Why St. Maarten Is Still A Colony Of The Netherlands

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In 1946, the Netherlands’ three colonies were Indonesia, Surinam, and the former Netherlands Antilles.  In 1946, under the United Nations Resolution 66 (I)
(UN Resolution 66 (I) all three aforementioned Dutch colonies were listed as Non-Self-Governing Territories.

The only way to be OFFICIALLY removed from said list of 1946 is through a United Nations Resolution.

Indonesia was officially removed from the list of Non-Self-Governing Territories on the 28th of September, 1950 through United Nations Resolution 491 (V) 

The only way to be OFFICIALLY removed from said list of 1946 is through a United Nations Resolution. 

Suriname became independent on November 25th,1975, and was officially removed from the list of Non-Self-Governing Territories on December 1st, 1975 through United Nations Resolution 382.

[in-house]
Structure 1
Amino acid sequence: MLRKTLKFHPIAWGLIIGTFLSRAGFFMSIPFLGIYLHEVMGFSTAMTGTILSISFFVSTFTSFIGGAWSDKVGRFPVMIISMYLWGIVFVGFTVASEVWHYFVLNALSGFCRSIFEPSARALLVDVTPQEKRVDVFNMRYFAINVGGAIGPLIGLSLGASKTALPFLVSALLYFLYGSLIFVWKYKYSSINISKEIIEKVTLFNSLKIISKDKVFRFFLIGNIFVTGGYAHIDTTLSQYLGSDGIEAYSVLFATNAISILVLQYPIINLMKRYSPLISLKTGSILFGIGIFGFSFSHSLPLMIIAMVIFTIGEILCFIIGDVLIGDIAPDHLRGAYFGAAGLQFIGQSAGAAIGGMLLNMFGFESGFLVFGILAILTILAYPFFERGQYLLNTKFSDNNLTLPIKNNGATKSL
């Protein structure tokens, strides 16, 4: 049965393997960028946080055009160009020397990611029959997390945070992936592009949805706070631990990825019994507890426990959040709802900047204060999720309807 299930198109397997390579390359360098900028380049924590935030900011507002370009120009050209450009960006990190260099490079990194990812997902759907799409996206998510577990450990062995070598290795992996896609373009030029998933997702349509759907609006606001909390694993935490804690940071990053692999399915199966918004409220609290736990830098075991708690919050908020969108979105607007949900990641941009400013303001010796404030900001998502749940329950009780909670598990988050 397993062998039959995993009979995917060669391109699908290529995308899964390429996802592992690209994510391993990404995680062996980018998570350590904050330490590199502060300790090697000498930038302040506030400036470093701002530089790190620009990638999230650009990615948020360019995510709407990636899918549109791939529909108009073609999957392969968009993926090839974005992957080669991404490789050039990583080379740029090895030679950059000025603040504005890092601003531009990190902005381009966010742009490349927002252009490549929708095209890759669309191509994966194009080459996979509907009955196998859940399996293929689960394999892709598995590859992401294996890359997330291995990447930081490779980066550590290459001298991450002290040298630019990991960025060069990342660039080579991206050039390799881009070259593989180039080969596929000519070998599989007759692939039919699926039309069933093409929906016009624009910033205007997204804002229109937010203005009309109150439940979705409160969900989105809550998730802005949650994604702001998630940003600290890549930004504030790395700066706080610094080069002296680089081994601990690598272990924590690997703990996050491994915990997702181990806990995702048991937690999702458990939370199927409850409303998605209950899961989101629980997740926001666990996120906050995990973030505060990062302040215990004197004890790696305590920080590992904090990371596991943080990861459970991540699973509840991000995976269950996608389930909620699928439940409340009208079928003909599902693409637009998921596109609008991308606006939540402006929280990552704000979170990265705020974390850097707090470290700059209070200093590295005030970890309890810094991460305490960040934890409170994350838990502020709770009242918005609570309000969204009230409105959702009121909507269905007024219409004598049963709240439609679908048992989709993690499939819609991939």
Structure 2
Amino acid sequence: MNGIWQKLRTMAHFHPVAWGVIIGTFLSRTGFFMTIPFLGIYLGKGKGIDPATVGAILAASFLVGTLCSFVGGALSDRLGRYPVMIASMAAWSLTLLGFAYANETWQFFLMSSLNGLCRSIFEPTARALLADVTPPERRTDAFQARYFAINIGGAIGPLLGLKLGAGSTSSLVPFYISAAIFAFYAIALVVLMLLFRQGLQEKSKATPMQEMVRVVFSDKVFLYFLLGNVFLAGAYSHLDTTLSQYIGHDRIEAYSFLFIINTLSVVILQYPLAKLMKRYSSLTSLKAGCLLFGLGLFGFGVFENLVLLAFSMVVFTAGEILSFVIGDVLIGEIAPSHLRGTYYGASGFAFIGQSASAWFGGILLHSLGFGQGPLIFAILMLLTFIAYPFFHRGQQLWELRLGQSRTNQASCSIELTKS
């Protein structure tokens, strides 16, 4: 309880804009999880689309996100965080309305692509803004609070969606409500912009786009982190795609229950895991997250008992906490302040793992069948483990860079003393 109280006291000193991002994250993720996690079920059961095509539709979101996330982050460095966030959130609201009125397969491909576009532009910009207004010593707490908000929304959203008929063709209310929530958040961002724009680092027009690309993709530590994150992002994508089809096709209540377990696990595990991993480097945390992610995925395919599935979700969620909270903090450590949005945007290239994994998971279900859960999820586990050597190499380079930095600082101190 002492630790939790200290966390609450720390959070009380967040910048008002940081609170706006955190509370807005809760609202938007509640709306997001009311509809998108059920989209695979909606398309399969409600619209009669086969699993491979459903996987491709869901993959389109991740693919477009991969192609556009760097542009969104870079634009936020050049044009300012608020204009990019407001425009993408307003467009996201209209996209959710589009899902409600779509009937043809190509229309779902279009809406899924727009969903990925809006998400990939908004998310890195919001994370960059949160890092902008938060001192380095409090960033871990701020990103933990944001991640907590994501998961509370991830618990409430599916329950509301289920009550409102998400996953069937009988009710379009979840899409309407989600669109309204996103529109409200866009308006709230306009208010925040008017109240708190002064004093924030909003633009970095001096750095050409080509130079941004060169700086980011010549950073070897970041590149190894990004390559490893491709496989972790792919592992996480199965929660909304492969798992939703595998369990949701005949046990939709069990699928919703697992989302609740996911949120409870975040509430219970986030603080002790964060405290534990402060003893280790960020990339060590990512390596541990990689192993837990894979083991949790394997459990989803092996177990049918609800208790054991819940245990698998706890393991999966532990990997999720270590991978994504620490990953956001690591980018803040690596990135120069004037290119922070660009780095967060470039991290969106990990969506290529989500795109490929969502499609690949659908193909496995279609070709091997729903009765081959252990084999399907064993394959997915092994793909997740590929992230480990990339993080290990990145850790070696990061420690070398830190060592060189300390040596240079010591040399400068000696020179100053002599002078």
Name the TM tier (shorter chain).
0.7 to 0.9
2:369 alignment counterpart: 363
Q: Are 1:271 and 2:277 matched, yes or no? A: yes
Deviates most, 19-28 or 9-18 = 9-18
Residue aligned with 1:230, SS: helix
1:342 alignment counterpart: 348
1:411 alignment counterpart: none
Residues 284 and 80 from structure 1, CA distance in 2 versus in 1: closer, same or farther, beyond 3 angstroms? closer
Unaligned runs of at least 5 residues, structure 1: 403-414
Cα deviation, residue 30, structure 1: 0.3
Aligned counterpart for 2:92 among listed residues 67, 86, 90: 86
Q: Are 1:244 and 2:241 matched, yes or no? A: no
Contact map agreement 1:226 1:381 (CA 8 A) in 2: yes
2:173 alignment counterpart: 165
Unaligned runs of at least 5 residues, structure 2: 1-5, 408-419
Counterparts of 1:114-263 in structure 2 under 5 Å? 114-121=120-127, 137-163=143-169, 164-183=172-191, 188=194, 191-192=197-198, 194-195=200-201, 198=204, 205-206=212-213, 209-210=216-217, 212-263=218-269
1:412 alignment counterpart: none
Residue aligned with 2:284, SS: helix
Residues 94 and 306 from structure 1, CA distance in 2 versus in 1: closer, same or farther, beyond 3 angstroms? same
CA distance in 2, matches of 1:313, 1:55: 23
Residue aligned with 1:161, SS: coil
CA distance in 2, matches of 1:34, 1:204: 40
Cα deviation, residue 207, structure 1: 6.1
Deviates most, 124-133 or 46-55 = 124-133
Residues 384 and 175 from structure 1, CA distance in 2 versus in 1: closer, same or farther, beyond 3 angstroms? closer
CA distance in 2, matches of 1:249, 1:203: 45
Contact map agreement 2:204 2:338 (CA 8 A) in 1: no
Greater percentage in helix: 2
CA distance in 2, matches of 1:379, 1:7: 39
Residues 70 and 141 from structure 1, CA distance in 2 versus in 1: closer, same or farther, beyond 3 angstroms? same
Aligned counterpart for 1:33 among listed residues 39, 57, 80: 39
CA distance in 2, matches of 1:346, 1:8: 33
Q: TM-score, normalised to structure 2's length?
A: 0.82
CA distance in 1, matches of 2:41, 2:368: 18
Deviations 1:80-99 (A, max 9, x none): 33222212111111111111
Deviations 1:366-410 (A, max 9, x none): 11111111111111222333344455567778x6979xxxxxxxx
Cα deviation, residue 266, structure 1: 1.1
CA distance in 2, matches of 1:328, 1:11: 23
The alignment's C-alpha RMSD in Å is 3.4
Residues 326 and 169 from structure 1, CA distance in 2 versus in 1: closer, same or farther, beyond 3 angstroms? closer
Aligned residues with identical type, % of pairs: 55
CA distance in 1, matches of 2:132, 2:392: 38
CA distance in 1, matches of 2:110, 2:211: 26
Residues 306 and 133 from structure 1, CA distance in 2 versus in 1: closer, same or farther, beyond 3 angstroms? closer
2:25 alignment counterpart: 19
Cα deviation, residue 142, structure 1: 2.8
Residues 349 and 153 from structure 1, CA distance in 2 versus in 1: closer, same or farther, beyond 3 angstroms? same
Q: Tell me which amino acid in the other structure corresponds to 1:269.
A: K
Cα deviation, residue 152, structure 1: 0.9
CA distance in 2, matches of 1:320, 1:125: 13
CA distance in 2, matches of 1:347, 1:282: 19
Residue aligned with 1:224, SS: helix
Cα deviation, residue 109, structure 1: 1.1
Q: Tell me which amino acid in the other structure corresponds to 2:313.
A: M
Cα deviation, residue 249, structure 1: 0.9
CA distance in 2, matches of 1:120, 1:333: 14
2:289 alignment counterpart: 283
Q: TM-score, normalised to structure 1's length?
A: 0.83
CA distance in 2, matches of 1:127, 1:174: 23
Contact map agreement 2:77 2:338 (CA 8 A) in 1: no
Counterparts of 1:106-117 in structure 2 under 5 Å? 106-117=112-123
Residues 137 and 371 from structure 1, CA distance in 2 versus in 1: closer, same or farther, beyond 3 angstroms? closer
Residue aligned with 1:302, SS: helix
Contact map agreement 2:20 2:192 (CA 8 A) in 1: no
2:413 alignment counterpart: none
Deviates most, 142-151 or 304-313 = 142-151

The only way to be OFFICIALLY removed from said list of 1946 is through a United Nations Resolution.

The Dutch claim that the former Netherland Antilles has been fully decolonized and are no longer Non-Self-Governing Territories.

Where is the United Nations Resolution that officially removed the former Netherlands Antilles from the list of Non-Self-Governing Territories under Resolution 66 (I) of 1946?  Answer? It does not exist.

The only way to be OFFICIALLY removed from said list of 1946 is through a United Nations Resolution.

There is a falsely held notion that UN Resolution 945X  (UN Resolution 945X) of December 15th, 1955 removed the former Netherlands Antilles from the list of Non-Self-Governing Territories, but this is absolutely not true.
(In subsequent press releases, Pro Soualiga will explain how United Nations Resolution 945X, the Kingdom Charter, United Nations Charter Chapter XI / Article 73, and the full measure of self-government are all related.  Additionally, Pro Soualiga will also explain why the Rijskwet and the Caribbean Reform Entity (CHE) are unlawful due to their  conflict with the full measure of self-government.)